Citation – [2014] EWCA Crim 2933 (unreported / not on BAILII)

Date – 17th December 2014

Keywords – Conviction, s31, CCRC

Overview – Appeal against conviction following a guilty plea allowed.

Summary – S was an Iranian Christian apostate who left Iran and came to the UK via Turkey, Tanzania and Zambia. He flew to the UK on a false passport, arriving on 5th or 6th January 2012. Thereafter he bought a ticket to Canada (his original destination) and was arrested on 12th January 2012 whilst trying to leave the UK.

He was charged with using a false passport and pleaded guilty on 24th January, being sentenced to 12 months. He claimed asylum on 4th February.

He “was never properly or comprehensively advised about the potential defence which might be available to him” under s31. On a CCRC Reference, the CPS did not oppose the appeal. The immigration appeal was allowed in the First Tier Tribunal and it was held that it was not reasonable for S to have claimed asylum in the above three countries.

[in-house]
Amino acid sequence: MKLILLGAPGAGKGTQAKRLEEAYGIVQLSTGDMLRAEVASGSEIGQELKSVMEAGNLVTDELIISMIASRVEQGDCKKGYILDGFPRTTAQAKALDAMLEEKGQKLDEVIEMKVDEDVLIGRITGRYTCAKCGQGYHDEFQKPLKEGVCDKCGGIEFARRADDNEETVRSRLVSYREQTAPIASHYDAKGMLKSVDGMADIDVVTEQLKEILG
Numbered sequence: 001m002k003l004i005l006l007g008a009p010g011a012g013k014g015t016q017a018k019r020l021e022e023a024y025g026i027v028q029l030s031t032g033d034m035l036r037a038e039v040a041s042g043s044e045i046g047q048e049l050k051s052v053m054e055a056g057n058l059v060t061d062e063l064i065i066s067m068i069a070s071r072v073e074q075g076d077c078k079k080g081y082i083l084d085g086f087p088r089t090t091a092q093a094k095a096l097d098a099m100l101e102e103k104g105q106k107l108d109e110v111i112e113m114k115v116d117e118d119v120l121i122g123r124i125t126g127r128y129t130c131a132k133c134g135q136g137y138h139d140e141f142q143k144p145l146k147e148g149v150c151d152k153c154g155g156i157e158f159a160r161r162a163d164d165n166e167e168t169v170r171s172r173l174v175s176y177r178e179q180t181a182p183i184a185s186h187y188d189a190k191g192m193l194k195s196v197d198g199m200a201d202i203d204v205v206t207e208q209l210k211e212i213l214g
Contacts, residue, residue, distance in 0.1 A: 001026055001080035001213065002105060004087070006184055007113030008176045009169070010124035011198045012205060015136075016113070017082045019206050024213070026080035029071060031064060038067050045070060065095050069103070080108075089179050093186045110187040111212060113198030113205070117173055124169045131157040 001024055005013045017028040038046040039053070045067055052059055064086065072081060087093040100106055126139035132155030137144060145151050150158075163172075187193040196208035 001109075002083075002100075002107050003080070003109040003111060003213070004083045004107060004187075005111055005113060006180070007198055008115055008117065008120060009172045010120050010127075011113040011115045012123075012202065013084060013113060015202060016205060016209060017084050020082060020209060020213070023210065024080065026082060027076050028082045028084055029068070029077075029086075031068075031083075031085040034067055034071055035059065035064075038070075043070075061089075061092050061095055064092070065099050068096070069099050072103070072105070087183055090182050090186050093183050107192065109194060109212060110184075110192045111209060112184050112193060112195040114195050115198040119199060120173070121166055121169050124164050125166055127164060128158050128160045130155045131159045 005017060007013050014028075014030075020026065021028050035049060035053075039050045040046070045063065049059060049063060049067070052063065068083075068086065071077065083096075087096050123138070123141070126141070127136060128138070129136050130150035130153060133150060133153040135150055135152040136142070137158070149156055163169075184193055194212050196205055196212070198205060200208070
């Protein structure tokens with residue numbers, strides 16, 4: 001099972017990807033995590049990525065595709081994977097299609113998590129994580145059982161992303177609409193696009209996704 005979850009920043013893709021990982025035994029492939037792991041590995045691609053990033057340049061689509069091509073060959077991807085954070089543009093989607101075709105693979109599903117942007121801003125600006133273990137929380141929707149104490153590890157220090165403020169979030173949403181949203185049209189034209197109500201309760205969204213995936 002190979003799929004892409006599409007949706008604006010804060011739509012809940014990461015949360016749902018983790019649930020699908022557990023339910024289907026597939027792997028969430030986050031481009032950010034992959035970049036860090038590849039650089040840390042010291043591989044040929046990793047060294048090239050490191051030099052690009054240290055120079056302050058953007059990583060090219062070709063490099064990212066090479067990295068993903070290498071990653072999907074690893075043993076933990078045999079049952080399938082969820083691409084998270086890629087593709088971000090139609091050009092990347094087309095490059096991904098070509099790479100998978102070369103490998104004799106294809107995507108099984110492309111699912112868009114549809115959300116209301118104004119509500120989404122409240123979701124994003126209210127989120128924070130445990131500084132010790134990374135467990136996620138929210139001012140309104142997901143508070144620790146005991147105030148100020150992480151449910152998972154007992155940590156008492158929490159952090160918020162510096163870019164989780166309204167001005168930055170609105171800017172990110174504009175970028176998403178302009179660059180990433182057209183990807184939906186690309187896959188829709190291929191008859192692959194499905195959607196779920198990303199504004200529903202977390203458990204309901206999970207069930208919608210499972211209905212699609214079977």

Comment – There is nothing new in the judgment by way of law, but it is good confirmation of how far things have moved since before Asfaw. Here, the Court said “It is important to appreciate that the purpose of section 31 is to embed in domestic law the protections provided by Article 31 of the Refugee Convention“, which is absolutely correct, but it is good to see this recognised.

Also, the Court were refreshingly quick to not only allow the appeal, but to say that they were “entirely satisfied that the defence under section 31 would have succeeded“. Considering the journey, the amount of time in the UK and the delay in claiming asylum, this reinforces how wide the s31 defence is.

Judges – Macur LJ, Blake & Dove JJ

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